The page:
• Victoria: Many other times I have written that YOU define what success means to you – and don’t let anyone else do it for you. It’s an entire chapter in my book.

  • I love the circles. I especially love the way you used the pie graph, showing the actual making of art as just a piece of the business. When I’ve fallen off track, it has always been because I was focusing on a single sliver, rather than the whole. I know that this is just common sense, but as someone who tends to hyper-focus, I appreciate reminders to see the big picture, rather than developing tunnel vision.

  • Bonnie Klatt

    Alyson, I love the idea of circles. It is a very organic approach to growth and is similar to the concept of spirals – ever evolving – which is how I view my art calling.

  • Thanks Alyson! This is a great visual for the trajectory of your art business/career. I’ve also heard the hills and valleys metaphor but the circle and spiral makes more sense. I’m going to add this chart to my art business journal as a reminder.

  • I also like how the circle pie chart also relates to the circle of influence that has been referenced in several marketing trainings I have participated in over the last couple of years in addition to this blog.

  • Hey Alyson,

    Congratulations on your 12th year anniversary! I think I was one of your first emails. :)You have taught and encouraged me so much! Thank you!

    My two cents on the circle is what you told us 12 years ago. 50% of your time is marketing and 50% is doing your art. So my brain has to see half of the circle creating, and all the other things in the other half. The hardest thing I do everyday is go to my studio, so if I don’t see it in the circle, it becomes this left brain consuming thing that makes me feel like a failure. I remember feeling so relieved after you told us that half our time should be the business part of our working and half painting. I had been thinking something was wrong with me because the business stuff was eating into my painting time and I was feeling guilty. Now I have the opposite problem, making excuses that I need to do the marketing before painting. Lol!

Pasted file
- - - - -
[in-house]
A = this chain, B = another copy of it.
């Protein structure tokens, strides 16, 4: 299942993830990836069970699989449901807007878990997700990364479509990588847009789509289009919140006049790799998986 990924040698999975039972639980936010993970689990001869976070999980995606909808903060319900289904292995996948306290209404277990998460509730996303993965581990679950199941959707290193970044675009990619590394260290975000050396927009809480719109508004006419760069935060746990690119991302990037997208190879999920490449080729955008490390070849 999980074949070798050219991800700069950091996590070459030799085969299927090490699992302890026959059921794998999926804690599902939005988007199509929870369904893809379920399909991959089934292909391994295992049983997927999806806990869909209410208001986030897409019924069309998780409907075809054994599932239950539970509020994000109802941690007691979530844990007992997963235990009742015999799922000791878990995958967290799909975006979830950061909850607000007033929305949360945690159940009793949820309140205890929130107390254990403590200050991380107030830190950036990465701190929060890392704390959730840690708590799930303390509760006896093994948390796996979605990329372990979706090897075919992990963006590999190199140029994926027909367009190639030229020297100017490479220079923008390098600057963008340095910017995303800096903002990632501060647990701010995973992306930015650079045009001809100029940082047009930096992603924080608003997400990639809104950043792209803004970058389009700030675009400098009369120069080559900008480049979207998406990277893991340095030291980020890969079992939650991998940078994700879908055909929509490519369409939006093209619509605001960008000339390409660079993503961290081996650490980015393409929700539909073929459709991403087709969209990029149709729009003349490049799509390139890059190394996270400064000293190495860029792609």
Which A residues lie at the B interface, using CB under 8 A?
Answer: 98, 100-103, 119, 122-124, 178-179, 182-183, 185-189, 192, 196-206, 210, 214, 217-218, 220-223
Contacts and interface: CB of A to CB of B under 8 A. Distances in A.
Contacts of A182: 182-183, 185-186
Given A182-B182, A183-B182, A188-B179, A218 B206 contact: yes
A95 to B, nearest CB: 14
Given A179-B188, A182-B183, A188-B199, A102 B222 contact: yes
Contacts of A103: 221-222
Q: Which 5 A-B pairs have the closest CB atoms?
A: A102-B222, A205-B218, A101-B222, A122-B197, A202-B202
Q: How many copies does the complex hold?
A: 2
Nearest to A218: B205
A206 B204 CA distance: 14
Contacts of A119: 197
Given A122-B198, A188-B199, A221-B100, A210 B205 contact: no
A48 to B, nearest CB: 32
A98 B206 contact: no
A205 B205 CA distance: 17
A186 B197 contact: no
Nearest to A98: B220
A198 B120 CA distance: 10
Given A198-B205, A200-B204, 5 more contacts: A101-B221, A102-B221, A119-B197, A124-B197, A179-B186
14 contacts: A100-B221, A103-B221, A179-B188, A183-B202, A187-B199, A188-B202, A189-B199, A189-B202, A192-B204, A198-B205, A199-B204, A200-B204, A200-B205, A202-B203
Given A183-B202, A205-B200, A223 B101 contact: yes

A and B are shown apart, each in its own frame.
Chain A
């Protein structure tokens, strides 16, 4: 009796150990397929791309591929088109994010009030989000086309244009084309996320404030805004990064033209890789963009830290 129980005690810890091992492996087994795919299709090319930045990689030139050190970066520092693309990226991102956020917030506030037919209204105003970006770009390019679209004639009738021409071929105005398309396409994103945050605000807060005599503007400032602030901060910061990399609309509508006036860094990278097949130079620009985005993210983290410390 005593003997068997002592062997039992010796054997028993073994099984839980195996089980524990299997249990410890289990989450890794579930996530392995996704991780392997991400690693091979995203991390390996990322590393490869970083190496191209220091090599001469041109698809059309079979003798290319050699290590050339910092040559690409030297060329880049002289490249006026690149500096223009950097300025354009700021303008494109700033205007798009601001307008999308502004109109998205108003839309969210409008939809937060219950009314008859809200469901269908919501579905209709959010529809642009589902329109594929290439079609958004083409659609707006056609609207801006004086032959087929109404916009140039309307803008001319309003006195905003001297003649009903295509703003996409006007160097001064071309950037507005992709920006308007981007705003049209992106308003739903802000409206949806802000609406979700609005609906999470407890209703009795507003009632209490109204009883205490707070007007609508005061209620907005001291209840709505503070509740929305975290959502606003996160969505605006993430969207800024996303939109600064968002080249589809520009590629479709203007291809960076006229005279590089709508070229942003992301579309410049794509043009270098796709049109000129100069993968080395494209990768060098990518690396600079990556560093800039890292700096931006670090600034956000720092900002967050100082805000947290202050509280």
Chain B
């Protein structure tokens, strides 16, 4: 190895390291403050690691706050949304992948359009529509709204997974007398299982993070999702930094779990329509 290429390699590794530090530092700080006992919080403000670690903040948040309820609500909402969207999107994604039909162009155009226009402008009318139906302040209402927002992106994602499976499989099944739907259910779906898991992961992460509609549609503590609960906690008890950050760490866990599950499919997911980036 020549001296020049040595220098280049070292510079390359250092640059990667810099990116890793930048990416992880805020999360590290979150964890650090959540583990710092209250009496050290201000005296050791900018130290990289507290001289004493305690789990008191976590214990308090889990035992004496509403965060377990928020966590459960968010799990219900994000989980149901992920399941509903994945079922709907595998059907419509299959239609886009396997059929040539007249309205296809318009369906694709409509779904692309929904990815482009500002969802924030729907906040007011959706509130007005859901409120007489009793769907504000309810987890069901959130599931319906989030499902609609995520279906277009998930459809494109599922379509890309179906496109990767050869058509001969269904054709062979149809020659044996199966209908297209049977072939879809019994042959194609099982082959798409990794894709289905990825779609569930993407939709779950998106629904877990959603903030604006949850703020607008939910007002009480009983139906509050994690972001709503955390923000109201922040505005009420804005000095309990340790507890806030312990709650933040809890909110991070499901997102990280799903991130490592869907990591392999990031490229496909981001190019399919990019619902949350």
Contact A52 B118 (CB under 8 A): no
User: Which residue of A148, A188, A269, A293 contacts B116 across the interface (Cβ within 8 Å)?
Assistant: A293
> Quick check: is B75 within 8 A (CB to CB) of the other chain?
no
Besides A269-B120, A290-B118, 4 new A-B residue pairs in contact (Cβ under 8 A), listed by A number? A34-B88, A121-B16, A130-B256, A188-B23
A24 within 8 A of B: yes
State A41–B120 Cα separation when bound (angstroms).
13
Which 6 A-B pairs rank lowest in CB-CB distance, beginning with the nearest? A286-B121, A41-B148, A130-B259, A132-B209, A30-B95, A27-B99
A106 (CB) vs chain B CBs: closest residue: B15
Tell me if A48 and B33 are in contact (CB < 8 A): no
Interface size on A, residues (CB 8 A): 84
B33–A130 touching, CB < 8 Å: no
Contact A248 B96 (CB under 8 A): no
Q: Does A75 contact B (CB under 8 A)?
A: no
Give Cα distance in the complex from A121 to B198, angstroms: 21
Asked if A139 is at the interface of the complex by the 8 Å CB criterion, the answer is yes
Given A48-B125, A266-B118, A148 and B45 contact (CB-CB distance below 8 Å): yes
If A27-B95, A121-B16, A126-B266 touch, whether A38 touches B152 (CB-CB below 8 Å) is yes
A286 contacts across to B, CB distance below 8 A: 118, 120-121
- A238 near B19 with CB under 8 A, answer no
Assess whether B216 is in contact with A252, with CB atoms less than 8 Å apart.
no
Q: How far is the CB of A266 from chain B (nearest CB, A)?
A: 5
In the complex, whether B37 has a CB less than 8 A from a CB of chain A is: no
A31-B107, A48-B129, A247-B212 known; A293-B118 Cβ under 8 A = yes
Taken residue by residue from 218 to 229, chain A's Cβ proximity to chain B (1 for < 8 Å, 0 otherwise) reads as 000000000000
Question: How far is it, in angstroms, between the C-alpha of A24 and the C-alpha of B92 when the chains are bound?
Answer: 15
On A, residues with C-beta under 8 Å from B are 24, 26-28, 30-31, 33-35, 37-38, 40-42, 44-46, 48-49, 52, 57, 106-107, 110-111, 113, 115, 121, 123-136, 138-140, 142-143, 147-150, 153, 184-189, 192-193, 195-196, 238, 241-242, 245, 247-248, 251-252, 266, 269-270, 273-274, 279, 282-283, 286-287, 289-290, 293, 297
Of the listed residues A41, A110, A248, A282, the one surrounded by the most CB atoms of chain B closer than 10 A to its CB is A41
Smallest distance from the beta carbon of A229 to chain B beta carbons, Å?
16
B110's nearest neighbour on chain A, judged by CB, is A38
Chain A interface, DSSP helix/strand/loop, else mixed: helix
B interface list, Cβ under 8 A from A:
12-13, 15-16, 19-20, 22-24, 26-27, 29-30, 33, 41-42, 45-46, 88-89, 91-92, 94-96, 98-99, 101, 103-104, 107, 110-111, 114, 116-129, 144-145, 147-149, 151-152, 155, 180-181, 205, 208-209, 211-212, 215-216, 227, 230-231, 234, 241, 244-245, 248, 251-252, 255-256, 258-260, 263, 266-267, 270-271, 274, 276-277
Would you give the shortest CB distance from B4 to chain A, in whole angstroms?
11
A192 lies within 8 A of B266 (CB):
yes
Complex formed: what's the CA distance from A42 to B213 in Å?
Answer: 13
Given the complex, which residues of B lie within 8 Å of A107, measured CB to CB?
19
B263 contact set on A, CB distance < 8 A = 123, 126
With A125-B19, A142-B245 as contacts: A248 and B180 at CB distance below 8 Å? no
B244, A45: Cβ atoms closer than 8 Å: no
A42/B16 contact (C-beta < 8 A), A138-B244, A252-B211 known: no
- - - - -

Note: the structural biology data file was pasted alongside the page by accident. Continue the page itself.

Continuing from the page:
• Just had to say it….love the short haircut Alyson!
    I have this on my studio wall:
    Success: To laugh often and much; to win the respect of intelligent people and affection of children; to earn the appreciation of honest critics and endure the betrayal of false friends; to appreciate beauty, to find the best in others; to leave the world a bit better, whether by a healthy child, a garden patch or a redeemed social condition; to know even one life has breathed easier because you have lived. This is to have succeeded. Ralph Waldo Emerson.
    As my Mom said frequently…she’s just doing her own thing!
    Along the way I have learned a lot from your tips and webinars; I thank you! And congratulations on your success!

  • Just like scientific methodologies. 😉

  • Just love the circle analogy. In addition to everything you’ve said, it seems that the circle reflects the inclusion of others in our journey, whereas the ladder only has room for one. Thanks for this rich imagery.